We need to get serious about education. In Lowell, MA. we are contemplating a new addition to the high school or even a new high school. The Superintendent is new but aggressive and is trying to get parents working with the local schools to set standards and get information. He has established a local group of people who are interested in the schools to help him, and they seem to be ready to do so. He is looking at mandated testing, busing, and curriculum. He has appointed two of his employees to work with the parents and they seem very aggressive. It is a good thing.

Lowell has a high school that, in its first graduating class, saw 12 or 13 people graduate. Governor-to-be Benjamin Butler cited the fact that there was a highly competent surgeon in the ranks, many businessmen, and one Governor of New Hampshire. People used to pay to get into Lowell High School. It would be nice if that was still the suburban thing to do. Lowell High School also was the school that started to recognize the right of a girl to an education, a fight that still goes on throughout the world. They awarded separate awards to the “scholars” who worked hardest and got the best grades when they started the Carney Medals in 1857. Three women and three men received the awards upon graduation.

Tom Brokaw, the television anchorman who wrote “The Greatest Generation,” recognized the right of a serviceman and some servicewomen, to take advantage of the “G.I. Bill of Rights,” and many people in that generation went to college for no charge. Senator Elizabeth Warren of the U.S. Senate cites the need to help students out with the high cost of college but I have never read or heard of her citing the precedence in that bill. My father went to school under the GI Bill and got his doctorate. As far as I know, he never paid tuition, he was given the chance based on his WWII experiences in the U.S. Navy. He cites the activities of a man who became a Protestant minister at the age of seventy-nine using the GI Bill as his ticket. He also cites Art Buchwald, the humorist, who went to college without finishing high school at USC. Another man walked thirty blocks in NYC to get to college. He too, used the GI Bill.

Senator Mark Hatfield overcame his misconceptions about the people by serving with them in the US Navy. He voted against the War in Vietnam, Grenada, and the Persian Gulf. He was a highly principled man. Brokaw cites him because of his overlooking the more strident Republican voices and joining in across-the-aisle politics. He also became educated through the GI Bill.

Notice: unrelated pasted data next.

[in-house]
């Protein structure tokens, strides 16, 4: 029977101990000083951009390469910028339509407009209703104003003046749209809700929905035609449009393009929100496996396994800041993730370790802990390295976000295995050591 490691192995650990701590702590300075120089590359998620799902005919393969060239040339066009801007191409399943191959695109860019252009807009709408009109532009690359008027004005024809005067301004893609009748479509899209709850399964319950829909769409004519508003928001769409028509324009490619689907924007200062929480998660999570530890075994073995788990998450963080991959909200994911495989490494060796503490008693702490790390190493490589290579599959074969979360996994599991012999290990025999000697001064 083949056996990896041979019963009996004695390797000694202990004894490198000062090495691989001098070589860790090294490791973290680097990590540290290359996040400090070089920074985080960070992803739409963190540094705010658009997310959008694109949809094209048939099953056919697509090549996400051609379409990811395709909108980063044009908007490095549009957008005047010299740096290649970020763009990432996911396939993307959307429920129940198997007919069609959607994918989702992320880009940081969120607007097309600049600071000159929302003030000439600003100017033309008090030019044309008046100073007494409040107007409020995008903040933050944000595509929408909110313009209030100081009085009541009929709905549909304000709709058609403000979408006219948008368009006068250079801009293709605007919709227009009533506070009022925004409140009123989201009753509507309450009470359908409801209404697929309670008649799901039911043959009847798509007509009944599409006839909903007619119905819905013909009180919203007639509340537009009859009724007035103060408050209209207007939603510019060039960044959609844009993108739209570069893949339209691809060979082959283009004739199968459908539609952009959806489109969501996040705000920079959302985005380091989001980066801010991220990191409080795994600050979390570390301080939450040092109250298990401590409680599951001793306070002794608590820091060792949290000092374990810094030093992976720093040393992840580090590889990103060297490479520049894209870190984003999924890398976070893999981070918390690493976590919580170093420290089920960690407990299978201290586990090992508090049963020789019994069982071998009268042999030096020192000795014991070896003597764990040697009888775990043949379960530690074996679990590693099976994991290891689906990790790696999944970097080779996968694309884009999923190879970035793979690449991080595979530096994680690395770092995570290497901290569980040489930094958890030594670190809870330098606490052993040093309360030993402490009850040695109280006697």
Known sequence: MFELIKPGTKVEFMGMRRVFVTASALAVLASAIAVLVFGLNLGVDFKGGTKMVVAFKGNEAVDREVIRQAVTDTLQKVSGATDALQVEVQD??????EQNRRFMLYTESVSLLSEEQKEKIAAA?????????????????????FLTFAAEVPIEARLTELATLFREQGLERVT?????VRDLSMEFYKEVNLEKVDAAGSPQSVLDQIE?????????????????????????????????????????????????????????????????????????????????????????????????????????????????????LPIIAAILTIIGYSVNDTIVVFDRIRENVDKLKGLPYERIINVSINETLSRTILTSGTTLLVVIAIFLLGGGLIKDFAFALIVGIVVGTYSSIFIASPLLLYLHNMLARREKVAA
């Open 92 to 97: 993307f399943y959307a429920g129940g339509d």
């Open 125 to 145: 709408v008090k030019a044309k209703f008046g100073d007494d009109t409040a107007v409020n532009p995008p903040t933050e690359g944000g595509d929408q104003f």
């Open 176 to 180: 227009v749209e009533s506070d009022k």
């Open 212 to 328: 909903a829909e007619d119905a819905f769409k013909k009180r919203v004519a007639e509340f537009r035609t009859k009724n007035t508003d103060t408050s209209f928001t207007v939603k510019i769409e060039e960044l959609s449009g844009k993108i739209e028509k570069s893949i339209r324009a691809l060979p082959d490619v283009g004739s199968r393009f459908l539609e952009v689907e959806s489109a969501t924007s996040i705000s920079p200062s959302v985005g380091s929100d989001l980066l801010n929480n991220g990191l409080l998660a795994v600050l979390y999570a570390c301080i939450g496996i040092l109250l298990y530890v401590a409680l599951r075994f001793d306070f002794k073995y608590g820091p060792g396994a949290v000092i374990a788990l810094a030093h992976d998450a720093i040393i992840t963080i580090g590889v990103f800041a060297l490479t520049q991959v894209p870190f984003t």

So where am I going with this? I just want to point out that we are not always breaking new ground in the Congress. The GI Bill was widely supported and so should Senator Warren’s efforts to pay off some of our debt to colleges. I personally owe tens of thousands of dollars, not for my education, which I paid for at the time of my attendance, but for my children and their mother, five persons in all, who have tried to get better educated to conform to the requirements of their efforts to gain a good college education that makes them more employable. You have to go to college now to even start a normal job. My wife and my children try to give of themselves by working for the people in government, teaching, and being a paramedic first responder. We have paid over seventy thousand dollars to the United States government, and it is not getting cheaper to go, it is getting more expensive. We still have tens of thousands to go. Education in Abraham Lincoln’s time could make you a lawyer without going to law school. Try that now. You would be escorted out of the Admissions Office. Lincoln was not the only President to be from a log cabin but he is the best known. He taught himself, learned a lot, and never, in his own words, went to a serious school. If we are going to revere Lincoln, and we are, then we need to recognize the tremendous differences between the type of education that he received and the one we pay for on our own.

29 thoughts on “Education – The Meeting House of Our Society

  1. C R Krieger

    About a year ago, in that radical Libertarian rag The Catholic Worker, there was an article on education in which the author asserted that literacy has never since been as high as it was when compulsory education was introduced in Mass in the first half of the 1800s.

    Regarding college students, back in the 1960s California College students who were “commuters” were paying about $100 per semester, all up (including books). What happened? Inflation, of course, so that $100 would be $1,000 today. But also the wild growth in Adminstrators and the application of Parkinson’s Law. Take Title 9, which now requires increasingly fine hair splitting. Thus, more administrators and more lawyers. Sad. I want to see those college debts discharged, but realize someone must pay (and that will be the Middle Class). And we need to get costs under control.

    I am part of that small minority that thinks Lowell should have two high schools.

    Regards — Cliff